Billroth-I resection is the simplest form of gastric resection. It is due to complications currently (2007) only in exceptional cases or for palliation in the context of advanced tumor disease applied.
The distal 2/3 of the stomach is resected, the gastric stump is anastomosed with the duodenum stump end-to-end or side-to-end (gastroduodenostomy).
The passage of food through the duodenum is thus preserved.
In addition to dumping syndrome as a general complication, Billroth-I resection has intolerably high reflux of bile into the stomach and esophagus. This regularly causes a gastroduodenal ulcer disease and a reflux disease.
Billroth-II resection is a form of gastric resection with unphysiological reconstruction of the food passage.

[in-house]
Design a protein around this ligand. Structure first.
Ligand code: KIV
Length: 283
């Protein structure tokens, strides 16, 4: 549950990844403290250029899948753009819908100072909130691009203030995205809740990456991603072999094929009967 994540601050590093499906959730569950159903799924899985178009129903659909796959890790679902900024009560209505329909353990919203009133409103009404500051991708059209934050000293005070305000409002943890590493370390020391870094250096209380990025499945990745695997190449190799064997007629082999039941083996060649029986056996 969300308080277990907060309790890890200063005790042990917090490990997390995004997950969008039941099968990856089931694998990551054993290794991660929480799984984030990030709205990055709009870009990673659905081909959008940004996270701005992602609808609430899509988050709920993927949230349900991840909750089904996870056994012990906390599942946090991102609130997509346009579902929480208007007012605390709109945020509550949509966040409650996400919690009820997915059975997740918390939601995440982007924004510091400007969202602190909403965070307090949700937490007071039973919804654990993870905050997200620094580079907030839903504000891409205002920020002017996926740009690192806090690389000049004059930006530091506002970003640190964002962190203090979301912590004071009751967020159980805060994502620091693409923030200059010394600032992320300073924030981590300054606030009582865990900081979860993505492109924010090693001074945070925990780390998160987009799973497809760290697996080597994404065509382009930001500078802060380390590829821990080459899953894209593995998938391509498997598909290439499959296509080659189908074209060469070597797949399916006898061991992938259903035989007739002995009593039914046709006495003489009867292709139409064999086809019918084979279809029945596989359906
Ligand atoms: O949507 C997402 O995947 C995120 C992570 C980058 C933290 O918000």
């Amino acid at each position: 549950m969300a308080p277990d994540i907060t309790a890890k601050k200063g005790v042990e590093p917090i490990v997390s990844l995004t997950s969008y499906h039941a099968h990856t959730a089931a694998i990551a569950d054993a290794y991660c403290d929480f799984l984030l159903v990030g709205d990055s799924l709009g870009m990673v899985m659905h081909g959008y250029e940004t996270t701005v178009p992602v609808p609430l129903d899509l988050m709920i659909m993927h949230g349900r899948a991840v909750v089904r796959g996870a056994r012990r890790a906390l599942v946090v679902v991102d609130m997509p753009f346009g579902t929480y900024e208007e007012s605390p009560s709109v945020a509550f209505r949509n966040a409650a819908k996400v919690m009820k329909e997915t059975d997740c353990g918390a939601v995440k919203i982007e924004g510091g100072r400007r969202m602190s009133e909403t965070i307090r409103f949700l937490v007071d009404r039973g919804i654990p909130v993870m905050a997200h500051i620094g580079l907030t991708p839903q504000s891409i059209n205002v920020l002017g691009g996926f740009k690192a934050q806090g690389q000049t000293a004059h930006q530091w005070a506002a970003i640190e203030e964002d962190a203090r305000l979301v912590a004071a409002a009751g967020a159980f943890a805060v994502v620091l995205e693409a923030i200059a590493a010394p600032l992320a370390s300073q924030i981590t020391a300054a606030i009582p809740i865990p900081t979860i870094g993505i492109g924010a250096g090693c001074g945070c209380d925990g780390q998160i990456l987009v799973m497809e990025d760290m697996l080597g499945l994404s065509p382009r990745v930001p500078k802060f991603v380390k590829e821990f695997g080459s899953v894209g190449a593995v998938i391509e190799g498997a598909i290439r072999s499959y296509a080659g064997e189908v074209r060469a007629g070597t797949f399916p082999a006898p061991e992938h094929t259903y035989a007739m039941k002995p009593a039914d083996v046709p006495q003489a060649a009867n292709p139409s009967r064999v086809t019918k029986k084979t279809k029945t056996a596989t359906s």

The distal two thirds of the stomach are deposed, the duodenum stump is closed blind. An isoperistaltic jejunum loop is pulled up and anastomosed to the stomach (gastrojejunostomy).
The jejunum segment may be antecolated (in front of the transverse colon) or retrocolically (by slicing the mesocolon). In order to facilitate the outflow of the duodenal secretion from the blind closed duodenal stump and to prevent its reflux into the resected stomach, another anastomosis is made at the base of the arch formed by the jejunal loop. This is called Braun-Fußpunktanastomose.
Compared to Billroth-I resection, fewer ulcers occur in a Billroth-II resection. However, loop syndromes and dumping syndromes continue to be common. Compared to Roux-Y reconstruction, Billroth-II resections have a higher risk of ulceration of the anastomotic region and gastric cancers in the gastric stump. The Billroth-II resection is therefore rarely used.